The annual Juneteenth Celebration commemorates the history of the black pioneers of the Gold Rush era in California and the rich contributions that people of African ancestry have made to the country’s most populous state. The purpose of this program is to educate the public through presentations and exhibits about the history of African Americans who lived, worked, and engaged in community building in the American River region. The program includes exhibits, music, poetry, and speakers who emphasize the pivotal role that African Americans played in the state’s antislavery and abolitionist movements. It illuminates the often-overlooked link between the Underground Railroad and the history of African Americans in the Sacramento region. The annual Juneteenth program at Negro Bar State Park is a central activity in preserving this history since the Negro Bar region was the crucible of abolitionist and civil rights activism in nineteenth century California. One of the principal long-term objectives of the program is to develop community support for the establishment of an interpretive center for this history at Negro Bar, where the public can be made aware of the region’s historic role in black Californians’ fight for social justice and equality.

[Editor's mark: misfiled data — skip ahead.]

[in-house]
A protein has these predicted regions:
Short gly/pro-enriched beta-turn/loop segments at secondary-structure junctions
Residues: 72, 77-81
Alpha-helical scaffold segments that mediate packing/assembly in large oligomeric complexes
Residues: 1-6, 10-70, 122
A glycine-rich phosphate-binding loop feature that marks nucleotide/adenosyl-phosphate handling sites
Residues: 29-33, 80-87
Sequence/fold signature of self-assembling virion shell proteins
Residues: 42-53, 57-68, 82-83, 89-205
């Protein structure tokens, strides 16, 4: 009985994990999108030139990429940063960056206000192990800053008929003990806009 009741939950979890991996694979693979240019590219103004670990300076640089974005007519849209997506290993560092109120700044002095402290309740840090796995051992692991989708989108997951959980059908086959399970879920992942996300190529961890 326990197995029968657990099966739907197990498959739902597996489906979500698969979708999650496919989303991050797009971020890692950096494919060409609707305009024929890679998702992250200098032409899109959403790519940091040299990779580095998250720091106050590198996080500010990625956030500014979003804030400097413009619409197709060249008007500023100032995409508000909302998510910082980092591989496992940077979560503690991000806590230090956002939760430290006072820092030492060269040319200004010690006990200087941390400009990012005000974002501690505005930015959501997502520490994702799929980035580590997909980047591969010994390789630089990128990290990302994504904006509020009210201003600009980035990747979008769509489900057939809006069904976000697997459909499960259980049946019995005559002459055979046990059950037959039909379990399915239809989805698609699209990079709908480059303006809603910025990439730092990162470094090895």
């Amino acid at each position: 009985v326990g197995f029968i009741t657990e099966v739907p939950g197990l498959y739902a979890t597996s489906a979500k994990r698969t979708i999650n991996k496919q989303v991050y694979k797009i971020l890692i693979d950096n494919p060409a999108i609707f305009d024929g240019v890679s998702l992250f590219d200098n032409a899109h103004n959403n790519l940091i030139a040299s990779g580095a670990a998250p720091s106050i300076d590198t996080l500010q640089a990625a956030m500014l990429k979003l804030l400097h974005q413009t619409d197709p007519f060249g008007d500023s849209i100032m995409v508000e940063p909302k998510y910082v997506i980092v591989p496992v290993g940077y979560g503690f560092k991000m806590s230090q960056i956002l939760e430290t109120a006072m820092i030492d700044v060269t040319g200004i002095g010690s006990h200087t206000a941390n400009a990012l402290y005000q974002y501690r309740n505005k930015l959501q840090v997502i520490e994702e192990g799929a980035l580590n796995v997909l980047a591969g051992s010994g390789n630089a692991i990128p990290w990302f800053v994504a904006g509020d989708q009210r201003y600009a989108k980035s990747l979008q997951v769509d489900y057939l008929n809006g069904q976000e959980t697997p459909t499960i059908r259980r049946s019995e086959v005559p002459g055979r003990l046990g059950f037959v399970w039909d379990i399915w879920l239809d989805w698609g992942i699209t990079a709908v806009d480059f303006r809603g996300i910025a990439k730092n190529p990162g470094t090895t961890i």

Visitor Information: Currently not open to public.
Location: Joe Louis Moore, 808 Dunbarton Circle, Sacramento, 95825
National Park Unit: No
Ownership: Joe Louis Moore
Location Type: Program